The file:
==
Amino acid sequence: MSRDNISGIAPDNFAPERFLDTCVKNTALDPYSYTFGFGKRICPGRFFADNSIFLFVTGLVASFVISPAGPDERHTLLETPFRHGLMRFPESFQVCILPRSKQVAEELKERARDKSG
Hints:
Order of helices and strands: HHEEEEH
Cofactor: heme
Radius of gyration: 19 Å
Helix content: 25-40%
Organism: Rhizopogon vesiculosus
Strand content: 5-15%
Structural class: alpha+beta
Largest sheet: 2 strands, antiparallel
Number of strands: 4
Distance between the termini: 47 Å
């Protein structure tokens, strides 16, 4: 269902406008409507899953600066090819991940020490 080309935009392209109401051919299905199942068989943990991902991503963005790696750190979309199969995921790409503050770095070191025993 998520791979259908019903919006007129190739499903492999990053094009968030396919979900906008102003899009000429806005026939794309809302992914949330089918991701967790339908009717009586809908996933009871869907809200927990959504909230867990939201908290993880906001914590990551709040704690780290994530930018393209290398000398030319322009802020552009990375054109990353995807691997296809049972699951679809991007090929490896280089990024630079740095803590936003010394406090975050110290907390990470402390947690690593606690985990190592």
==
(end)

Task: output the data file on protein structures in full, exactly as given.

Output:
Amino acid sequence: MSRDNISGIAPDNFAPERFLDTCVKNTALDPYSYTFGFGKRICPGRFFADNSIFLFVTGLVASFVISPAGPDERHTLLETPFRHGLMRFPESFQVCILPRSKQVAEELKERARDKSG
Hints:
Order of helices and strands: HHEEEEH
Cofactor: heme
Radius of gyration: 19 Å
Helix content: 25-40%
Organism: Rhizopogon vesiculosus
Strand content: 5-15%
Structural class: alpha+beta
Largest sheet: 2 strands, antiparallel
Number of strands: 4
Distance between the termini: 47 Å
């Protein structure tokens, strides 16, 4: 269902406008409507899953600066090819991940020490 080309935009392209109401051919299905199942068989943990991902991503963005790696750190979309199969995921790409503050770095070191025993 998520791979259908019903919006007129190739499903492999990053094009968030396919979900906008102003899009000429806005026939794309809302992914949330089918991701967790339908009717009586809908996933009871869907809200927990959504909230867990939201908290993880906001914590990551709040704690780290994530930018393209290398000398030319322009802020552009990375054109990353995807691997296809049972699951679809991007090929490896280089990024630079740095803590936003010394406090975050110290907390990470402390947690690593606690985990190592």